I eventually recovered from my C-section, survived those first few sleepless months, and returned to work. At the time, I was working for a Fortune 100 company and happily contributing to the corporate world. But becoming a new mom brought with it an internal struggle and search for something “more" out of my life--a desire to have a bigger impact. A flashback to my friend's golden piece of advice got me thinking: Why aren't mesh underwear readily available for women in recovery? What if I could make the magical mesh underwear available to new moms everywhere? Did I know much about designing, selling, or marketing clothing? Not really. But I also didn't know much about motherhood when I started that journey, either, and that seemed to be working out well. And so, Brief Transitions was born.

My quest began. With my manufacturing and engineering background I naively thought, It's one product. How hard could it be? While it may not have been “hard," it definitely took a lot of work. I slowly started to do some research on the possibilities. What would it take to start a company and bring these underwear to market? How are they made and what type of manufacturer do I need? With each step forward I learned a little more--I spoke with suppliers, researched materials, and experimented with packaging. I started to really believe that I was meant to bring these underwear to other moms in need.

Then I realized that I needed to learn more about the online business and ecommerce world as well. Google was my new best friend. On my one hour commute (each way), I listened to a lot of podcasts to learn about topics I wasn't familiar with--how to setup a website, social media platforms, email marketing, etc. I worked in the evenings and inbetween business trips to plan what I called Execution Phase. In 2016, I had a website with a Shopify cart up and running. I also delivered my second daughter via C-section (and handily also supplied myself with all the mesh underwear I needed).

They say, “If you build it, they will come." But I've learned that the saying should really go more like this: “If you build it, and tell everyone about it, they might come." I had a 3-month-old, an almost 3 year old and my business was up and running. I had an occasional sale; however, my processes were extremely manual and having a day job while trying to ship product out proved to be challenging. I was manually processing and filling orders and then going to the post office on Saturday mornings to ship to customers. I eventually decided to go where the moms shop...hello, Amazon Prime! I started to research what I needed to do to list products with Amazon and the benefits of Amazon fulfillment (hint: they take care of it for you).

Fast forward to 2018...

While I started to build this side business and saw a potential for it to grow way beyond my expectations, my corporate job became more demanding with respect to travel and time away from home. I was on the road 70% of the time during first quarter 2018. My normally “go with the flow" 4-year-old started to cry every time I left for a trip and asked why I wasn't home for bedtime. That was a low point for me and even though bedtime with young kids has its own challenges, I realized I didn't want to miss out on this time in their lives. My desire for more scheduling flexibility and less corporate travel time pushed me to work the nights and weekends needed to build and scale my side hustle to a full-time business. If anyone tries to tell you it's “easy" to build “passive" income, don't believe them. Starting and building a business takes a lot of grit, hustle and hard work. After months of agonizing, changing my mind, and wondering if I should really leave my job (and a steady paycheck!), I ultimately left my corporate job in April 2018 to pursue Brief Transitions full-time.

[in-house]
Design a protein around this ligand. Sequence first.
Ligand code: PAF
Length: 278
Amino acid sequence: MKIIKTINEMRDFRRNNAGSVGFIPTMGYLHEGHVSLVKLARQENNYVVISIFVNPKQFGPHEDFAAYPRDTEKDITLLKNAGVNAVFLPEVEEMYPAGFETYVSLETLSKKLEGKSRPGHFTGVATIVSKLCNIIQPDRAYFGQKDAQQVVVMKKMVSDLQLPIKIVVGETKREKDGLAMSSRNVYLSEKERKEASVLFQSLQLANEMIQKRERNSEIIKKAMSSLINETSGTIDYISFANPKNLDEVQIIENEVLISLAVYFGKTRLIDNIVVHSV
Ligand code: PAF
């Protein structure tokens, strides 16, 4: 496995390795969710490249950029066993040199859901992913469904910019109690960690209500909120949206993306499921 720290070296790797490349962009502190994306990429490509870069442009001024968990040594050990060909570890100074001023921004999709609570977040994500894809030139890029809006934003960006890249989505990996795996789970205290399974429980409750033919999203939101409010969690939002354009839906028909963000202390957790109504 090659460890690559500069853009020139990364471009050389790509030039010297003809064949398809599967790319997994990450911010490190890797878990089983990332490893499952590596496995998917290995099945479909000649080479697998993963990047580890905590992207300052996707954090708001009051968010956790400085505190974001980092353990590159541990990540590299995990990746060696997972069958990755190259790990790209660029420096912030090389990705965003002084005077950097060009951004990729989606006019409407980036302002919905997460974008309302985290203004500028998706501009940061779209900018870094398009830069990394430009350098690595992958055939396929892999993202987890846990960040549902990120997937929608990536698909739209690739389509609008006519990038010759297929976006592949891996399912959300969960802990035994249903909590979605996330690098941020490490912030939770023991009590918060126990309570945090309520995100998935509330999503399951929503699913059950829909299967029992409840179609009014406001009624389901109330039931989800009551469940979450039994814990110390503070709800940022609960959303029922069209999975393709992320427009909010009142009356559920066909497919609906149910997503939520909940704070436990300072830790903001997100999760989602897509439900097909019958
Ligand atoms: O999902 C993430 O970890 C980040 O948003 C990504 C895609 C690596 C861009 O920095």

In building Brief Transitions, I reached out to like-minded women to see if they were experiencing similar challenges to my own--balancing creating and building a business while raising children--and I realized that many women are on the quest for flexible, meaningful work. I realized that we can advance the movement of female entrepreneurs by leveraging community to inspire, empower, and connect these trailblazers. For that reason, I recently launched a new project, The Transitions Collective, a platform for connecting community-driven women entrepreneurs.

As is the case with many entrepreneurs, I find myself working on multiple projects at a time. I am now working on a members-only community for The Transitions Collective that will provide access to experts and resources for women who want to leave corporate and work in their business full-time. Connecting and supporting women in this movement makes us a force in the future of work. At the same time, I had my most profitable sales quarter to date and best of all, I am able to drop my daughter off at school in the morning.

Mesh underwear started me on a journey much bigger than I ever imagined. They sparked an idea, ignited a passion, and drove me to find fulfillment in a different type of work. That stolen underwear was just the beginning.